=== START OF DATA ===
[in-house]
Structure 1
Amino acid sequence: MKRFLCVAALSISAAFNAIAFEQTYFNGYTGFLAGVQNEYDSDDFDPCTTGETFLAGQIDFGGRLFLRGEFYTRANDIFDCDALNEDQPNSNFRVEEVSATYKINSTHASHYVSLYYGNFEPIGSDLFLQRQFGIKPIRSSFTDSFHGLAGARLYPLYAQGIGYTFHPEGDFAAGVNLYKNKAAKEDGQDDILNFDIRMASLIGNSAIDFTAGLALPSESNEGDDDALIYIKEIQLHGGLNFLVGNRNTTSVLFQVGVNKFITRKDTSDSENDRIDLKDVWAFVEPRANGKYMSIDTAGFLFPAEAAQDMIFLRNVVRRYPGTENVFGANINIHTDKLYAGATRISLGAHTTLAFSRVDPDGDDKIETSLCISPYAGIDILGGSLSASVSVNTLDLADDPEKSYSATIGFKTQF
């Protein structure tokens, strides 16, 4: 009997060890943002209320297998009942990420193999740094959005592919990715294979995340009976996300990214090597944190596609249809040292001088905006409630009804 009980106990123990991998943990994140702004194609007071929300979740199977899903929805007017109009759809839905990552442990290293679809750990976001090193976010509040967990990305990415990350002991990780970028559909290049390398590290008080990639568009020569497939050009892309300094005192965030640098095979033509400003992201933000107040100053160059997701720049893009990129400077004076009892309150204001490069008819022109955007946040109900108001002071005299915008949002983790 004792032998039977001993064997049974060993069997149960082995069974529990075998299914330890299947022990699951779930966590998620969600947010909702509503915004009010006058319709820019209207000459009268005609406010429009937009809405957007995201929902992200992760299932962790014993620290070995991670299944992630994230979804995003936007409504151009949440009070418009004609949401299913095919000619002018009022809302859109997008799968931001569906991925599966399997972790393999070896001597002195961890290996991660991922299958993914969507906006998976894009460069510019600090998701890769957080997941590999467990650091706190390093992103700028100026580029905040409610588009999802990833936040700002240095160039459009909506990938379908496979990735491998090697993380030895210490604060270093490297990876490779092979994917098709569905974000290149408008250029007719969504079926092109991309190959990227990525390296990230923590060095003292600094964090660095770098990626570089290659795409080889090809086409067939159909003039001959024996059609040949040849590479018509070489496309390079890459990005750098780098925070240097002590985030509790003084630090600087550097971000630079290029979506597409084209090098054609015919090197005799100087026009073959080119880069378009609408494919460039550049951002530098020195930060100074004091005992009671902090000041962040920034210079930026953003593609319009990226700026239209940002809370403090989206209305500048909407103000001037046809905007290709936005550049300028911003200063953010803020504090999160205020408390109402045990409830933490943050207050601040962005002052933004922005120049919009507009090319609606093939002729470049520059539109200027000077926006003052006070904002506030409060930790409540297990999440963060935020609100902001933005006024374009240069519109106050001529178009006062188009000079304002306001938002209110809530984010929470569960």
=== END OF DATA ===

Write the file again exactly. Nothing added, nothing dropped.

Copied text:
[in-house]
Structure 1
Amino acid sequence: MKRFLCVAALSISAAFNAIAFEQTYFNGYTGFLAGVQNEYDSDDFDPCTTGETFLAGQIDFGGRLFLRGEFYTRANDIFDCDALNEDQPNSNFRVEEVSATYKINSTHASHYVSLYYGNFEPIGSDLFLQRQFGIKPIRSSFTDSFHGLAGARLYPLYAQGIGYTFHPEGDFAAGVNLYKNKAAKEDGQDDILNFDIRMASLIGNSAIDFTAGLALPSESNEGDDDALIYIKEIQLHGGLNFLVGNRNTTSVLFQVGVNKFITRKDTSDSENDRIDLKDVWAFVEPRANGKYMSIDTAGFLFPAEAAQDMIFLRNVVRRYPGTENVFGANINIHTDKLYAGATRISLGAHTTLAFSRVDPDGDDKIETSLCISPYAGIDILGGSLSASVSVNTLDLADDPEKSYSATIGFKTQF
């Protein structure tokens, strides 16, 4: 009997060890943002209320297998009942990420193999740094959005592919990715294979995340009976996300990214090597944190596609249809040292001088905006409630009804 009980106990123990991998943990994140702004194609007071929300979740199977899903929805007017109009759809839905990552442990290293679809750990976001090193976010509040967990990305990415990350002991990780970028559909290049390398590290008080990639568009020569497939050009892309300094005192965030640098095979033509400003992201933000107040100053160059997701720049893009990129400077004076009892309150204001490069008819022109955007946040109900108001002071005299915008949002983790 004792032998039977001993064997049974060993069997149960082995069974529990075998299914330890299947022990699951779930966590998620969600947010909702509503915004009010006058319709820019209207000459009268005609406010429009937009809405957007995201929902992200992760299932962790014993620290070995991670299944992630994230979804995003936007409504151009949440009070418009004609949401299913095919000619002018009022809302859109997008799968931001569906991925599966399997972790393999070896001597002195961890290996991660991922299958993914969507906006998976894009460069510019600090998701890769957080997941590999467990650091706190390093992103700028100026580029905040409610588009999802990833936040700002240095160039459009909506990938379908496979990735491998090697993380030895210490604060270093490297990876490779092979994917098709569905974000290149408008250029007719969504079926092109991309190959990227990525390296990230923590060095003292600094964090660095770098990626570089290659795409080889090809086409067939159909003039001959024996059609040949040849590479018509070489496309390079890459990005750098780098925070240097002590985030509790003084630090600087550097971000630079290029979506597409084209090098054609015919090197005799100087026009073959080119880069378009609408494919460039550049951002530098020195930060100074004091005992009671902090000041962040920034210079930026953003593609319009990226700026239209940002809370403090989206209305500048909407103000001037046809905007290709936005550049300028911003200063953010803020504090999160205020408390109402045990409830933490943050207050601040962005002052933004922005120049919009507009090319609606093939002729470049520059539109200027000077926006003052006070904002506030409060930790409540297990999440963060935020609100902001933005006024374009240069519109106050001529178009006062188009000079304002306001938002209110809530984010929470569960």